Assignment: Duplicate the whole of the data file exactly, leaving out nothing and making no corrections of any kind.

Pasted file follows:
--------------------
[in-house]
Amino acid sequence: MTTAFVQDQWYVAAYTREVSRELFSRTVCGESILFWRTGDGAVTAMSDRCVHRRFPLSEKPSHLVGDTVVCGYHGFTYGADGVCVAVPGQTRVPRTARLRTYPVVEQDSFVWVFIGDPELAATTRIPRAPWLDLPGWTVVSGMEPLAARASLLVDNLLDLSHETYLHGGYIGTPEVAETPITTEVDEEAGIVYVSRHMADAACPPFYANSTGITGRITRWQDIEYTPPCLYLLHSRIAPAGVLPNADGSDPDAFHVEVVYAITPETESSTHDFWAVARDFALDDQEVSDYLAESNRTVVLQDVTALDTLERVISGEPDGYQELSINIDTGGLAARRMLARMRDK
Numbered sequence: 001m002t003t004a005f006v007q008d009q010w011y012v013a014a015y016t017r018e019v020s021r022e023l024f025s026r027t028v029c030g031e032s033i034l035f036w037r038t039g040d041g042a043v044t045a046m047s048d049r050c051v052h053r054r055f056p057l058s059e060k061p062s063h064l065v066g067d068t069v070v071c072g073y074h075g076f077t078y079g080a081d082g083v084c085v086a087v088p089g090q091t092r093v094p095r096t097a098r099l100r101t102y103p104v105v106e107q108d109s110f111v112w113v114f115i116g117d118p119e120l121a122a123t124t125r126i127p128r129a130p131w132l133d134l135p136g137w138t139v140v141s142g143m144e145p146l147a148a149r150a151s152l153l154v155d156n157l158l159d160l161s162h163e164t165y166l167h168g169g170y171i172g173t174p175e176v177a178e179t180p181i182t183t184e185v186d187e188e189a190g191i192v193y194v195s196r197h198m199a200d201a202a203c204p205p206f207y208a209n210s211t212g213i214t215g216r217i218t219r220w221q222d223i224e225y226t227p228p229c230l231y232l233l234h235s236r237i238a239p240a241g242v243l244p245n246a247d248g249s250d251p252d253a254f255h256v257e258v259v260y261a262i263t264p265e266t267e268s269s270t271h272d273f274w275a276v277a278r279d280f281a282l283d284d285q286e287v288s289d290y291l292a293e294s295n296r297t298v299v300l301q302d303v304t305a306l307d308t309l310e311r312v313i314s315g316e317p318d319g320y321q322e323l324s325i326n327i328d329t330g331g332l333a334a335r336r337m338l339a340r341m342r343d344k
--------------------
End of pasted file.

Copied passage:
[in-house]
Amino acid sequence: MTTAFVQDQWYVAAYTREVSRELFSRTVCGESILFWRTGDGAVTAMSDRCVHRRFPLSEKPSHLVGDTVVCGYHGFTYGADGVCVAVPGQTRVPRTARLRTYPVVEQDSFVWVFIGDPELAATTRIPRAPWLDLPGWTVVSGMEPLAARASLLVDNLLDLSHETYLHGGYIGTPEVAETPITTEVDEEAGIVYVSRHMADAACPPFYANSTGITGRITRWQDIEYTPPCLYLLHSRIAPAGVLPNADGSDPDAFHVEVVYAITPETESSTHDFWAVARDFALDDQEVSDYLAESNRTVVLQDVTALDTLERVISGEPDGYQELSINIDTGGLAARRMLARMRDK
Numbered sequence: 001m002t003t004a005f006v007q008d009q010w011y012v013a014a015y016t017r018e019v020s021r022e023l024f025s026r027t028v029c030g031e032s033i034l035f036w037r038t039g040d041g042a043v044t045a046m047s048d049r050c051v052h053r054r055f056p057l058s059e060k061p062s063h064l065v066g067d068t069v070v071c072g073y074h075g076f077t078y079g080a081d082g083v084c085v086a087v088p089g090q091t092r093v094p095r096t097a098r099l100r101t102y103p104v105v106e107q108d109s110f111v112w113v114f115i116g117d118p119e120l121a122a123t124t125r126i127p128r129a130p131w132l133d134l135p136g137w138t139v140v141s142g143m144e145p146l147a148a149r150a151s152l153l154v155d156n157l158l159d160l161s162h163e164t165y166l167h168g169g170y171i172g173t174p175e176v177a178e179t180p181i182t183t184e185v186d187e188e189a190g191i192v193y194v195s196r197h198m199a200d201a202a203c204p205p206f207y208a209n210s211t212g213i214t215g216r217i218t219r220w221q222d223i224e225y226t227p228p229c230l231y232l233l234h235s236r237i238a239p240a241g242v243l244p245n246a247d248g249s250d251p252d253a254f255h256v257e258v259v260y261a262i263t264p265e266t267e268s269s270t271h272d273f274w275a276v277a278r279d280f281a282l283d284d285q286e287v288s289d290y291l292a293e294s295n296r297t298v299v300l301q302d303v304t305a306l307d308t309l310e311r312v313i314s315g316e317p318d319g320y321q322e323l324s325i326n327i328d329t330g331g332l333a334a335r336r337m338l339a340r341m342r343d344k